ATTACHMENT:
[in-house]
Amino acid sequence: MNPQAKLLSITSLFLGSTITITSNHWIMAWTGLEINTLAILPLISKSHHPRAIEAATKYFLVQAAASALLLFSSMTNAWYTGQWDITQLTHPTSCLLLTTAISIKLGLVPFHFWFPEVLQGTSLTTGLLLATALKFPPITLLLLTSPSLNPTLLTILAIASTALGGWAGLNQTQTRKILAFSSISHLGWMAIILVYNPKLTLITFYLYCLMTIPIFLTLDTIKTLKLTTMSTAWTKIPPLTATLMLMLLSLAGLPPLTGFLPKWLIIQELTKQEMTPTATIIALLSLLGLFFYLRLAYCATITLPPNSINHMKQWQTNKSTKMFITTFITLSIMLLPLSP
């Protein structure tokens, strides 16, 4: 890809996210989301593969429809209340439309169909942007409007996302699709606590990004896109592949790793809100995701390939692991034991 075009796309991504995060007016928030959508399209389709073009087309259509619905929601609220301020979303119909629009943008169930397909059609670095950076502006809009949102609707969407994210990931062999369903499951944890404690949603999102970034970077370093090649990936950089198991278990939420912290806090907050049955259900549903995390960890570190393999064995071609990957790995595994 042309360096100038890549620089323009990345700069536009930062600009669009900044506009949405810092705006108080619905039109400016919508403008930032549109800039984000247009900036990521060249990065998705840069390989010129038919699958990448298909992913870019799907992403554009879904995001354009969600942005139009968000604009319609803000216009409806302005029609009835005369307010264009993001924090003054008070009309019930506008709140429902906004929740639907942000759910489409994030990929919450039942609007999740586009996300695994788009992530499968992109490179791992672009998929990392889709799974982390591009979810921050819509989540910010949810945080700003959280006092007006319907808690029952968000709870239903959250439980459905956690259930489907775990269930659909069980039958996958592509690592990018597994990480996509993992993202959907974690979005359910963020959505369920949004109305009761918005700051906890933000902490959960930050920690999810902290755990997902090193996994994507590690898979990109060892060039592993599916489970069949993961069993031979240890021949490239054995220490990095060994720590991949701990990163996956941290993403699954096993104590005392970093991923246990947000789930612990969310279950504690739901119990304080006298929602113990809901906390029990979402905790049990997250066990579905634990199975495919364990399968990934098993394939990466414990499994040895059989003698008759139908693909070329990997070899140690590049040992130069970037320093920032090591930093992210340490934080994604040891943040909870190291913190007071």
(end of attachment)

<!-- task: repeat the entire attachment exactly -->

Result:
[in-house]
Amino acid sequence: MNPQAKLLSITSLFLGSTITITSNHWIMAWTGLEINTLAILPLISKSHHPRAIEAATKYFLVQAAASALLLFSSMTNAWYTGQWDITQLTHPTSCLLLTTAISIKLGLVPFHFWFPEVLQGTSLTTGLLLATALKFPPITLLLLTSPSLNPTLLTILAIASTALGGWAGLNQTQTRKILAFSSISHLGWMAIILVYNPKLTLITFYLYCLMTIPIFLTLDTIKTLKLTTMSTAWTKIPPLTATLMLMLLSLAGLPPLTGFLPKWLIIQELTKQEMTPTATIIALLSLLGLFFYLRLAYCATITLPPNSINHMKQWQTNKSTKMFITTFITLSIMLLPLSP
């Protein structure tokens, strides 16, 4: 890809996210989301593969429809209340439309169909942007409007996302699709606590990004896109592949790793809100995701390939692991034991 075009796309991504995060007016928030959508399209389709073009087309259509619905929601609220301020979303119909629009943008169930397909059609670095950076502006809009949102609707969407994210990931062999369903499951944890404690949603999102970034970077370093090649990936950089198991278990939420912290806090907050049955259900549903995390960890570190393999064995071609990957790995595994 042309360096100038890549620089323009990345700069536009930062600009669009900044506009949405810092705006108080619905039109400016919508403008930032549109800039984000247009900036990521060249990065998705840069390989010129038919699958990448298909992913870019799907992403554009879904995001354009969600942005139009968000604009319609803000216009409806302005029609009835005369307010264009993001924090003054008070009309019930506008709140429902906004929740639907942000759910489409994030990929919450039942609007999740586009996300695994788009992530499968992109490179791992672009998929990392889709799974982390591009979810921050819509989540910010949810945080700003959280006092007006319907808690029952968000709870239903959250439980459905956690259930489907775990269930659909069980039958996958592509690592990018597994990480996509993992993202959907974690979005359910963020959505369920949004109305009761918005700051906890933000902490959960930050920690999810902290755990997902090193996994994507590690898979990109060892060039592993599916489970069949993961069993031979240890021949490239054995220490990095060994720590991949701990990163996956941290993403699954096993104590005392970093991923246990947000789930612990969310279950504690739901119990304080006298929602113990809901906390029990979402905790049990997250066990579905634990199975495919364990399968990934098993394939990466414990499994040895059989003698008759139908693909070329990997070899140690590049040992130069970037320093920032090591930093992210340490934080994604040891943040909870190291913190007071």